By Jesse Stanchak on March 12th, 2011 | 151281 comment on this postLive+from+%23SXSW%3A+Do+we+need+a+social+media+bill+of+rights%3F2011-03-12+17%3A47%3A40Jesse+Stanchakhttp%3A%2F%2Fsmartblogs.com%2Fsocialmedia%2F%3Fp%3D15128
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Social network terms of service are usually presented to users as non-negotiable. “These are these the rules you agree to in exchange for access to the site. Take ’em or leave ’em.”
Except when it comes to the network’s obligations regarding user information and privacy. Then the attitude is often, “Here’s what we’re doing today. We reserve the right to change the rules whenever, and maybe we’ll tell you about the changes when the time comes.”
Thus the problem of social media privacy isn’t necessarily about access to data or even use of data — it’s about a lack of commitment to users, said panelists at a South by Southwest Interactive Festival panel on Friday.
“Even if you think [Facebook is] all a game, games have rules, and they shouldn’t change while the game is being played,” said Christina Gagnier of the law firm Gagnier Margossian.
In response to growing concerns regarding how firms such as Facebook and Google were handling user data, attendees of the 2010 Computers, Freedom and Privacy Conference created a document meant to serve as a starting point for a Social Network Users’ Bill of Rights. The document lists 14 elements that attendees of the 2010 show argued were essential to ensuring user privacy. The document is currently open to a public vote on a provision-by-provision basis and will be revised at this year’s conference.
The 14 rights suggested by the conference boil down to users having a clear, consistent, secure and open relationship with their networks regarding what data is collected and how it’s used, while still giving users control over their information — including the option to pack up their data and walk away at any time. “A lot of these rights are really about the ability to ‘leave it,’ ” said Lisa Borodkin of TechZulu Law.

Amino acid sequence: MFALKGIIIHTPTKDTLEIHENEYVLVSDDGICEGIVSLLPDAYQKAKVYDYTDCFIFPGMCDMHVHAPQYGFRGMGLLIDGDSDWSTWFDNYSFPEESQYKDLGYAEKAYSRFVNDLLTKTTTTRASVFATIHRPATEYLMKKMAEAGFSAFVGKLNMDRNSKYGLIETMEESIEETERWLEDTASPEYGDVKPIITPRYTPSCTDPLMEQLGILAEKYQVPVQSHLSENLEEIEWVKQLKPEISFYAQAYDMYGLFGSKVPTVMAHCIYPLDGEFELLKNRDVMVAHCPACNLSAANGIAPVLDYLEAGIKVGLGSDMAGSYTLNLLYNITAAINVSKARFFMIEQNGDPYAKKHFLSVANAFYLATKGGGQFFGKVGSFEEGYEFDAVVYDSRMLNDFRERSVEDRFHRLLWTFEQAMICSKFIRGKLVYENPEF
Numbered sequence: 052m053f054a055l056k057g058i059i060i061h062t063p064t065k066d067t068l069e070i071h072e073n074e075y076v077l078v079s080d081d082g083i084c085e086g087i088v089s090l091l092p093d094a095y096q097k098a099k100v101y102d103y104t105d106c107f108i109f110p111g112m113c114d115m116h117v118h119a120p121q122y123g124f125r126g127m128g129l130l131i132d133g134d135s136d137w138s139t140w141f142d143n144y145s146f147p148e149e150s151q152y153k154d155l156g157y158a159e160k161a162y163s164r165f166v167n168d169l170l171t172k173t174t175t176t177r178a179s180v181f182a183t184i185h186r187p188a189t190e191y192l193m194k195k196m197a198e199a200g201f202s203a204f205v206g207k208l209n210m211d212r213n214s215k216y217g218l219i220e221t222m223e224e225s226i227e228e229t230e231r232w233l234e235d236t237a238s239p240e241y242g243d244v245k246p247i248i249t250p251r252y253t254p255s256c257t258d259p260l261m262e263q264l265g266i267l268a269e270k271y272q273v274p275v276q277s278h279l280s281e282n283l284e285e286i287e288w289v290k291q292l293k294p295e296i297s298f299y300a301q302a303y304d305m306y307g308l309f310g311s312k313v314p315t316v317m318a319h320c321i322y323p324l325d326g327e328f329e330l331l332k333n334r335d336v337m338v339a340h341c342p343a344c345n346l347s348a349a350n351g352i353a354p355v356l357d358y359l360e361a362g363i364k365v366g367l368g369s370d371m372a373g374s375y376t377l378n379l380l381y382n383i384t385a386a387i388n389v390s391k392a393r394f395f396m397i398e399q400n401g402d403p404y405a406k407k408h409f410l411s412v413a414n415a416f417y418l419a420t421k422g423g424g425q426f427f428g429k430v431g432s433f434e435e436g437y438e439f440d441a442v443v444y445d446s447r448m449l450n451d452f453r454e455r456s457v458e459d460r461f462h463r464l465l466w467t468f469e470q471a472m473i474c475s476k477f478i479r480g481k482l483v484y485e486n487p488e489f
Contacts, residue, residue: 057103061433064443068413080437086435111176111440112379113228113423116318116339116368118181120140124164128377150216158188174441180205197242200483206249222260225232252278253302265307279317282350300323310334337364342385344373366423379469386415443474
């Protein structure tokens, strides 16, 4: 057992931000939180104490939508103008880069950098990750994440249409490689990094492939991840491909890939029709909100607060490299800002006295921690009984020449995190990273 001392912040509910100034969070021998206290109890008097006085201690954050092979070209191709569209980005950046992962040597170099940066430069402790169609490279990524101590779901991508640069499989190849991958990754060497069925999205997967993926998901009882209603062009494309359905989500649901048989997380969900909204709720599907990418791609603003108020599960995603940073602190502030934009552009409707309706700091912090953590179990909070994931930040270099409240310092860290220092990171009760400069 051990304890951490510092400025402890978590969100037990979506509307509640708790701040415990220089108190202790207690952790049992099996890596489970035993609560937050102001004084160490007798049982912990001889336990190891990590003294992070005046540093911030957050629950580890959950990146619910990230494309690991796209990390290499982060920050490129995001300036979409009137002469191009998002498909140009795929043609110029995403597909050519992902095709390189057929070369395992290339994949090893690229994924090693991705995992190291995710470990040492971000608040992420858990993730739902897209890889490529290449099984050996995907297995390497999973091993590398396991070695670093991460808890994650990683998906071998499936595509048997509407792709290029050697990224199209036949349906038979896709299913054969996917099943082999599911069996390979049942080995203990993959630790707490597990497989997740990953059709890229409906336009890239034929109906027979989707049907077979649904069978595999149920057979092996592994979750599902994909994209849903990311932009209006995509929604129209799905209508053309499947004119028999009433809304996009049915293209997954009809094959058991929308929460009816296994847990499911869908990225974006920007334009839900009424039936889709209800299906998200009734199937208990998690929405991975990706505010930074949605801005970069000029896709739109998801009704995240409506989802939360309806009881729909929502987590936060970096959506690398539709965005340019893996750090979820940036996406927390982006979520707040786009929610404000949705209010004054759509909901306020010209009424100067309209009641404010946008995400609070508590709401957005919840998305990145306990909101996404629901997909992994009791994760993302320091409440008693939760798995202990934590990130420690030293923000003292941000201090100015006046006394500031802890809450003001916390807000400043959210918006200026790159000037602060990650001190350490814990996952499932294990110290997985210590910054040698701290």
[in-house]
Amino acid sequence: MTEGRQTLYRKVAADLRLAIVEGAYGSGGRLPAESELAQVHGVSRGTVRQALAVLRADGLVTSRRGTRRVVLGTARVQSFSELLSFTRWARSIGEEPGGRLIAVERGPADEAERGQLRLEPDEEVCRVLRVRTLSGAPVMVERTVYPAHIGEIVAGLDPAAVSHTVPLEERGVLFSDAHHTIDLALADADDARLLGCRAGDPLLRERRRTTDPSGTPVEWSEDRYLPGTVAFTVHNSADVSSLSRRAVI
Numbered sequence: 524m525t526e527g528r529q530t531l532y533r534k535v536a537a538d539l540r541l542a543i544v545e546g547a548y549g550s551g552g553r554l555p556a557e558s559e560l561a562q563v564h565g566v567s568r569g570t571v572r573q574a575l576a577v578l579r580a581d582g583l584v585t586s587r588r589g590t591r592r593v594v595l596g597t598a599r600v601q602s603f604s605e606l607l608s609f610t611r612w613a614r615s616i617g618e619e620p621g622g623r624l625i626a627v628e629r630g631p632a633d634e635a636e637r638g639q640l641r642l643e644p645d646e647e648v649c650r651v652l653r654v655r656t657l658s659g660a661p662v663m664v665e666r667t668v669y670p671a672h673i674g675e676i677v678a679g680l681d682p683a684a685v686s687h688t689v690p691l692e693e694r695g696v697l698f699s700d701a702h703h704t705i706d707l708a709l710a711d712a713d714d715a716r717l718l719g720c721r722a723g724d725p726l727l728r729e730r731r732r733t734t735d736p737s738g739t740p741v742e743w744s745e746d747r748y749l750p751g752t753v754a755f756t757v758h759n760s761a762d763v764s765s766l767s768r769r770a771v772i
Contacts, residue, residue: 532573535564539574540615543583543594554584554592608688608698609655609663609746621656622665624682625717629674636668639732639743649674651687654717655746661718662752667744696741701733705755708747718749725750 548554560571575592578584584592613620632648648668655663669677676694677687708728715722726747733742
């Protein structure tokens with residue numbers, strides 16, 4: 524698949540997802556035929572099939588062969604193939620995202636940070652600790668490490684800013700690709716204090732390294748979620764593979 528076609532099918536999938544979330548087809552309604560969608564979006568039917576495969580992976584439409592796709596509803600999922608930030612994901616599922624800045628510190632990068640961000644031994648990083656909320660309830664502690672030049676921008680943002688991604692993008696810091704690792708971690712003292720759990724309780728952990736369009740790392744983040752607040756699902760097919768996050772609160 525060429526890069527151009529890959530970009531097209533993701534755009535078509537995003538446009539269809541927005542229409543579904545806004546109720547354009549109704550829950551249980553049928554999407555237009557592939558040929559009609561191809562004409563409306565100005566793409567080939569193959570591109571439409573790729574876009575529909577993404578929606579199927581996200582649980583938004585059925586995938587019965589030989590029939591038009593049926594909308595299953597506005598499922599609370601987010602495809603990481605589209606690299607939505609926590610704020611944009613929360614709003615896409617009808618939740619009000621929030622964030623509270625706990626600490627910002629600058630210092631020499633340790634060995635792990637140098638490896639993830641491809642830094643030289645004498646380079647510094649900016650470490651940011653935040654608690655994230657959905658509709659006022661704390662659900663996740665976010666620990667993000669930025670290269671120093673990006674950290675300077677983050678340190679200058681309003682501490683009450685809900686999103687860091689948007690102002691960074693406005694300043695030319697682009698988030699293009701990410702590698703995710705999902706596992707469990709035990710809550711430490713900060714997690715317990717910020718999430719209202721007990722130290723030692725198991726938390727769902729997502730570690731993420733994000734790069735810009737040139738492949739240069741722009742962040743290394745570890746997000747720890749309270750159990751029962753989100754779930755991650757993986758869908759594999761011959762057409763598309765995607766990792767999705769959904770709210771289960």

As the panelists talked about the various rights suggested by the conference, several key dilemmas emerged:
How do we make privacy global? The panelists noted that social norms can vary widely between countries. But privacy standards need to be based on an understanding that crosses borders. Companies shouldn’t have to recalibrate their services for every country and users shouldn’t have to worry about what country a given social service is based in.
How do we make privacy business friendly? The panelists never argued that companies shouldn’t be able to collect and use data — only that users should come to that relationship on even footing. “None of this is meant to be anti-corporate,” said Jack Lerner of the University of Southern California Gould School of Law.
For some companies, increased privacy standards could even prove to be a boon to some businesses because they would increase competition, said Gagnier. If the public had greater expectations of privacy, it could provide networks looking to compete with giants such as Facebook with a way to offer more value, she notes.
How do we make privacy a starting point? When a user joins a social network, they don’t arrive with an online identity that they then integrate with the network, noted one audience member. They sign up and then begin to build an identity based on their network membership. And if they leave the network, that identity doesn’t follow them. These aren’t choices networks are making today — they’re part of the architecture of the network that was designed when the network was created, the audience member argued.
The panelists noted that there are a few companies, such as Mycube and the Locker Project, working on ways to help users create centralized online identities. But solving a company’s privacy issues is always easiest when a company considers privacy at the outset, said Gagnier.
How do we make privacy the standard? While the Federal Trade Commission is considering creating regulations addressing online data tracking, government involvement may not be the best way to address the issue, panelists said. Government regulations can create a patchwork of standards and exceptions, they note. Federal regulations are notoriously inflexible and unadaptive they add. Privacy regulations should be able to adapt to new technologies and new uses of technologies.
Instead, it would be better privacy rules were normative — a system of behavior that we expected of one another, much like basic etiquette, said Gagnier. If consumers expect to be treated one way, they won’t do business with companies that don’t treat them with what is seen as a basic level of fairness, she adds.
What privacy guarantees do you expect from your social networks? How can users develop data relationships that respect individuals without punishing networks?
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